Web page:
Knee Problems in Dogs

The most common cause of lameness (mobility problem) in dogs involves the knee joint. Dogs knee are very similar to human knees and so we as veterinarians have learned a lot about how to diagnose and effectively treat this joint by working closely with human orthopaedic surgeons. The basis of diagnosis involves a thorough physical examination by an experienced veterinarian.

In dogs, the kneecap is called the patella and this can become loose and cause locking of the knee and pain. We call this condition medial patellar luxation (MPL). The problem typically affects both knees and starts early in life. There are four grades ranging from mild to severe. Your local veterinarian should be able to tell you what grade MPL your pup has. Corrective surgery involves realigning the muscle-tendon (quadriceps) mechanism with the central axis of the limb (bone axis). There is an art in consistently achieving success with this surgery. Specialist vets have extensive experience and higher success rates. You should ask your local vet how confident they are with the surgery.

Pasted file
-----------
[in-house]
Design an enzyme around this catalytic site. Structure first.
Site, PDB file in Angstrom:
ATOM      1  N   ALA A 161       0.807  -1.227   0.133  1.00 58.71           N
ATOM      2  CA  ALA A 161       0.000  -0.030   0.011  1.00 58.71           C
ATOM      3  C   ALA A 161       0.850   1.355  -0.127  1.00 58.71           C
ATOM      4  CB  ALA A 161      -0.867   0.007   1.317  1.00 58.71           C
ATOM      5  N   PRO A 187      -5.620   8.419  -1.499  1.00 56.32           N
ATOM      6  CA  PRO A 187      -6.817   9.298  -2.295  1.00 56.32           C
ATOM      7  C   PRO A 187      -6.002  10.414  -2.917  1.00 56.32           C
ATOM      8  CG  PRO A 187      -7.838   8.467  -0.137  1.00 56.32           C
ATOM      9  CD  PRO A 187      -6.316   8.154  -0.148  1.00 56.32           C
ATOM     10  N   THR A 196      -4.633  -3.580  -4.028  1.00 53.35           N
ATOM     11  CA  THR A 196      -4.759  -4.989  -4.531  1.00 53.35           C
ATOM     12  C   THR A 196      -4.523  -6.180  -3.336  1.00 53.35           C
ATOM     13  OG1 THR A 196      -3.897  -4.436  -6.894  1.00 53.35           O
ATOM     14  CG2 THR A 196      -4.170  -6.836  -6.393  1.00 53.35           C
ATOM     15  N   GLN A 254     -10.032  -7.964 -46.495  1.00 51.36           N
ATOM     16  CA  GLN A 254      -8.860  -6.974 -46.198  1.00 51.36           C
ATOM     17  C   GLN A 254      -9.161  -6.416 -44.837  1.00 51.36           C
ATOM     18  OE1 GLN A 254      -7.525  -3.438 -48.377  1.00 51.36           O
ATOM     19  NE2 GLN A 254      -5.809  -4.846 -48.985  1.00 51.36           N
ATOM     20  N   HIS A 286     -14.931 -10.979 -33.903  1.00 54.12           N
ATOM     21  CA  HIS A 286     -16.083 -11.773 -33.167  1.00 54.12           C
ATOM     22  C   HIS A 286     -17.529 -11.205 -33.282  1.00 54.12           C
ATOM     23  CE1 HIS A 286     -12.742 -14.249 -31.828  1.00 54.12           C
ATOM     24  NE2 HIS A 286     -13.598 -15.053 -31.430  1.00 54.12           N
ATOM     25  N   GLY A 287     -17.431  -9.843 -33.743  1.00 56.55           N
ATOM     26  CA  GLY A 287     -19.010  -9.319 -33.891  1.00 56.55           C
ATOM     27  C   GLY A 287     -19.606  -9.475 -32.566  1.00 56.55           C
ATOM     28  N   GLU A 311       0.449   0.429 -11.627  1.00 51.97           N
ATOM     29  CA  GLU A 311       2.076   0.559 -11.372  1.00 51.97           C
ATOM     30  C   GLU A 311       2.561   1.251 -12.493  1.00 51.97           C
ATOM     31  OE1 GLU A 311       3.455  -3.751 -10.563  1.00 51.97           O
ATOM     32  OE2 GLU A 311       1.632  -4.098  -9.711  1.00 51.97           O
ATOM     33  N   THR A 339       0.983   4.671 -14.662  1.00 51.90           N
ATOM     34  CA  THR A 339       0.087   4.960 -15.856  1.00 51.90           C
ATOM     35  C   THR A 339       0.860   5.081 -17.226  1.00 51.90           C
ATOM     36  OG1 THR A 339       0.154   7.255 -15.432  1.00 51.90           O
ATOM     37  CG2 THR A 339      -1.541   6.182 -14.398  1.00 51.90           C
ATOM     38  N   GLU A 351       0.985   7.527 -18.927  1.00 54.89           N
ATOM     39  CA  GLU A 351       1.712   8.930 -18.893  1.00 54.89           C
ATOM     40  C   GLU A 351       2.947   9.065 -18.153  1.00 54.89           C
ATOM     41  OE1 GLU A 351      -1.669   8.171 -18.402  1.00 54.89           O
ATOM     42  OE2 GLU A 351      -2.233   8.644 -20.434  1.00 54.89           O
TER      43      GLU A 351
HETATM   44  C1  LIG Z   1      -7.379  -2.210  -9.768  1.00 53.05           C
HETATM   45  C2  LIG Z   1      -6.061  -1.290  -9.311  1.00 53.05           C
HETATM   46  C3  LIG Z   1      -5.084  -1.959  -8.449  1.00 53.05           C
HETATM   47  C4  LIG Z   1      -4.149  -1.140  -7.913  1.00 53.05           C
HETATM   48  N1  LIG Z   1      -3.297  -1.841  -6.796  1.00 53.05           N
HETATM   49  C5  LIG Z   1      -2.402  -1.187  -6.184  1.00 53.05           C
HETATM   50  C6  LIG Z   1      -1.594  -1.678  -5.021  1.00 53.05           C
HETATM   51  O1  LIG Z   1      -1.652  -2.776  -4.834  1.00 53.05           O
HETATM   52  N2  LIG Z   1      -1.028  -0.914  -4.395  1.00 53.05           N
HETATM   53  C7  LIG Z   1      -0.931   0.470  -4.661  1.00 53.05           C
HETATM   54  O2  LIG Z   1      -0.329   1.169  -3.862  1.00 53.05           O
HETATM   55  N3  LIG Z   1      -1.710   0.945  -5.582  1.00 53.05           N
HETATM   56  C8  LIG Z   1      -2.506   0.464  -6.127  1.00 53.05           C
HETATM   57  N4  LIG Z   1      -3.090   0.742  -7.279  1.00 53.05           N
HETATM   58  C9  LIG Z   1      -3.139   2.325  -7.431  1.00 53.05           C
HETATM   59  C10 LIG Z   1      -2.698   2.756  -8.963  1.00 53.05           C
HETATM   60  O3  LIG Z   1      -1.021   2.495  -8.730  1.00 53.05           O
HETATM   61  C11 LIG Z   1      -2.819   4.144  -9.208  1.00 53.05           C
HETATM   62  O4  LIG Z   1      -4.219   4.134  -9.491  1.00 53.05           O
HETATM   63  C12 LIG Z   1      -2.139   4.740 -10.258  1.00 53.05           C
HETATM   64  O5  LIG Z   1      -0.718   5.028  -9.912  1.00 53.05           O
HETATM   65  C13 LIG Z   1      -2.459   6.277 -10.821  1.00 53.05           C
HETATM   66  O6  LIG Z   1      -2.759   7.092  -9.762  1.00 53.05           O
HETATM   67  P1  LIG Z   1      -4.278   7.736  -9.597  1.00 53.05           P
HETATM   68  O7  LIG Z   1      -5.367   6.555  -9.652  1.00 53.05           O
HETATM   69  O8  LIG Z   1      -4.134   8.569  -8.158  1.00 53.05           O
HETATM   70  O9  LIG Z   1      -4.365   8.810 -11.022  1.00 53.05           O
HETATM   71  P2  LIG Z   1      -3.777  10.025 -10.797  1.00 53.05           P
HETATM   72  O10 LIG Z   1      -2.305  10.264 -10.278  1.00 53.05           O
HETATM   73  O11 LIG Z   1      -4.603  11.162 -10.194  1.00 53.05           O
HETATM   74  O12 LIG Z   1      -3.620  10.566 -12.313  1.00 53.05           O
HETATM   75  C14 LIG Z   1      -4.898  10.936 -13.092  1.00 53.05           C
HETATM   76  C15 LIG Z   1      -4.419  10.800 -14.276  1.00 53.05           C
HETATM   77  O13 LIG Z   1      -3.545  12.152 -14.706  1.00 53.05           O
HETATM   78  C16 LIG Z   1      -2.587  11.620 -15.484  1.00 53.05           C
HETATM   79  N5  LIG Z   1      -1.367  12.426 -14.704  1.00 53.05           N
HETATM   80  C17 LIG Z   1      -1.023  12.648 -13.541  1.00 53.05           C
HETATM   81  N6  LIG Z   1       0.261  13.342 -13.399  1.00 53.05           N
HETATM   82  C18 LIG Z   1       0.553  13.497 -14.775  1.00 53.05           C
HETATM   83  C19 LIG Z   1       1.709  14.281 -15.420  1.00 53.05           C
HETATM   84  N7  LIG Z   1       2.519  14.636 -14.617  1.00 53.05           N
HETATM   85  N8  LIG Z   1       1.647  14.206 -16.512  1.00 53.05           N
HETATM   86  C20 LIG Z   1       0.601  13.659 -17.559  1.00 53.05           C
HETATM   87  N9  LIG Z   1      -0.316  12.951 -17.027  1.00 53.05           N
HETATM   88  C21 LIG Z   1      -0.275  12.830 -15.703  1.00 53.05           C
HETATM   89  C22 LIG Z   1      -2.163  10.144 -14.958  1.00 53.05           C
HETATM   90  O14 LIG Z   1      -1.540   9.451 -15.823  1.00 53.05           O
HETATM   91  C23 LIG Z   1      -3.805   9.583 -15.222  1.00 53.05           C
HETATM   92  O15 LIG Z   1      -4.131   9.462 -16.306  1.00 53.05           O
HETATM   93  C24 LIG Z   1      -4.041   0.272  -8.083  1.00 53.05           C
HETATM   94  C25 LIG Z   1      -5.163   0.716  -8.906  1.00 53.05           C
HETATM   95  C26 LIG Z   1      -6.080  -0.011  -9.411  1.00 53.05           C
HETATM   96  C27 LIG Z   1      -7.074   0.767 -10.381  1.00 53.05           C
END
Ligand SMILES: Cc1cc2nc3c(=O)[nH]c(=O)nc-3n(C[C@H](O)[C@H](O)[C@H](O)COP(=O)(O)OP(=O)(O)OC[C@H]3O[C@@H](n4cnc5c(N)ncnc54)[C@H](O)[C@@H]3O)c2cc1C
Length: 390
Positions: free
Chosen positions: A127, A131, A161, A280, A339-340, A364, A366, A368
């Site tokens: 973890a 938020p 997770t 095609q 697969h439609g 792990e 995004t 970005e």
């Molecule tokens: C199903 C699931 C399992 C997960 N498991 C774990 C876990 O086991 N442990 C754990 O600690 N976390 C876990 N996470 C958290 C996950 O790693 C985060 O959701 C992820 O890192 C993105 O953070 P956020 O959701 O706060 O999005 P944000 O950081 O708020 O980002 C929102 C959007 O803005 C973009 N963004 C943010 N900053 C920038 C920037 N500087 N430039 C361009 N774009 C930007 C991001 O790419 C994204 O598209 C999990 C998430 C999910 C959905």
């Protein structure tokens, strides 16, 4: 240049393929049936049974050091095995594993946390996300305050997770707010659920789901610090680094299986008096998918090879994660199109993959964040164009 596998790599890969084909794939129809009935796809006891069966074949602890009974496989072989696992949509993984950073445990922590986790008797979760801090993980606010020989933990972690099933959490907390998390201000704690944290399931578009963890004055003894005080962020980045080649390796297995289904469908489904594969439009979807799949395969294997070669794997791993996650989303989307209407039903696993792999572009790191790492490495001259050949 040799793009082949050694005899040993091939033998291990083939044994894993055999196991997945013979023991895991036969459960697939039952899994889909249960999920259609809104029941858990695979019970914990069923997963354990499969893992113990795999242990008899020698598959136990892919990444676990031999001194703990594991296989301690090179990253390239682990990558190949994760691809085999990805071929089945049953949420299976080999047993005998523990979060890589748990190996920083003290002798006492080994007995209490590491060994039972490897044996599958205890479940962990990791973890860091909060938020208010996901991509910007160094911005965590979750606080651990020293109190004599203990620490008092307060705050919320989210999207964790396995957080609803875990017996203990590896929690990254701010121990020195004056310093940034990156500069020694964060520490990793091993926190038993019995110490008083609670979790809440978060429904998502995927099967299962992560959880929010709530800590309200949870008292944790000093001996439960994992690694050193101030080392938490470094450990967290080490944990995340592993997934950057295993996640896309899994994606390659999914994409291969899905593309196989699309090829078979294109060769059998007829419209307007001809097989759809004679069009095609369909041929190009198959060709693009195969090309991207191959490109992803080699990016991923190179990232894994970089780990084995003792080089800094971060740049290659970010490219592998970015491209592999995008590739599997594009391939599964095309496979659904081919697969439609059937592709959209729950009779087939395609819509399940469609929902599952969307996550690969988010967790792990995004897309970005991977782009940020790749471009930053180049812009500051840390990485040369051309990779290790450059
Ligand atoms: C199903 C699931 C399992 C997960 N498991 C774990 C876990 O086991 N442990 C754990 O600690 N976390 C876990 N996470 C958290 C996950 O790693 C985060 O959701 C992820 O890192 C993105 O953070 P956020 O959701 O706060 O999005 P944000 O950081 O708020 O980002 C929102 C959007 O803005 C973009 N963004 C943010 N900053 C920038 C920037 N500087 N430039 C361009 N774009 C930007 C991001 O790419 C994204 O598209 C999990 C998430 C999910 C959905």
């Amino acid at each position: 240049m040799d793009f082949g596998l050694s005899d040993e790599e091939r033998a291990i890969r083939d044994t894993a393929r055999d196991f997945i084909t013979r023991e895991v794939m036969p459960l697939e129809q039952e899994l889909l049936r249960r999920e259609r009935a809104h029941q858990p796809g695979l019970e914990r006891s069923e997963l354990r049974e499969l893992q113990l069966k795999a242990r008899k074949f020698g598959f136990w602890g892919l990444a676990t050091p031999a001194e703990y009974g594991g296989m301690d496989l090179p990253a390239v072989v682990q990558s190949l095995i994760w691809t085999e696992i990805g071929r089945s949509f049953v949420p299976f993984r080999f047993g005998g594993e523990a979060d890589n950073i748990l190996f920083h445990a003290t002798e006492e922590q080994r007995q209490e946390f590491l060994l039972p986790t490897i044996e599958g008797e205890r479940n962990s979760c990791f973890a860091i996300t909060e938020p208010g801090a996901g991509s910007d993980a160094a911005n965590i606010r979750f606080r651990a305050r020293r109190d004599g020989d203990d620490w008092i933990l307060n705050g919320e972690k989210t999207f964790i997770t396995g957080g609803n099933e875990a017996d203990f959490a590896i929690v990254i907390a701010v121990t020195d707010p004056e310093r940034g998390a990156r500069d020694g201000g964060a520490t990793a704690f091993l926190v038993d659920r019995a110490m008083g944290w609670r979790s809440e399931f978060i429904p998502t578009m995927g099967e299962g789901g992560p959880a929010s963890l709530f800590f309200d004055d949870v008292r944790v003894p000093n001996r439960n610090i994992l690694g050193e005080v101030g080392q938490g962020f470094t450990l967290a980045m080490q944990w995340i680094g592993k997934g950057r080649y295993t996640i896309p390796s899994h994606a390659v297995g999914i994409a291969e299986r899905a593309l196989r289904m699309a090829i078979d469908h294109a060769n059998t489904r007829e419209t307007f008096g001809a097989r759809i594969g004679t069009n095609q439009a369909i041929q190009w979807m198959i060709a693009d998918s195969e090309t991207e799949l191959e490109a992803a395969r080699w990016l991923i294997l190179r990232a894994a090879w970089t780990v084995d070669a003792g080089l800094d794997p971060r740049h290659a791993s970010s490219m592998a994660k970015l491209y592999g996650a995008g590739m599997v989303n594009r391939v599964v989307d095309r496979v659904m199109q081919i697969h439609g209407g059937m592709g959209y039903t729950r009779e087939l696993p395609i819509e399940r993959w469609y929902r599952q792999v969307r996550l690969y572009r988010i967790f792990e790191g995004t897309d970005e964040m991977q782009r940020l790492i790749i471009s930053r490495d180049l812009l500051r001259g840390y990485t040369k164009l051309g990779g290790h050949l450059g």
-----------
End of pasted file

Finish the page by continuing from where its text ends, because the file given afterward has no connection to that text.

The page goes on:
Anterior Cruciate Ligament (ACL) Issues

Many larger dogs tear their anterior cruciate ligament (ACL) and develop a loose painful knee. If the problem is not addressed early, a cartilage inside the knee called the meniscus, may also tear causing more pain. 30% of dogs will tear the other ACL within two years of tearing the first one. Arthritis develops within the knee joint if surgery is not performed. Early surgery by an experienced veterinarian offers the best chance of your dog returning to normal levels of activity.

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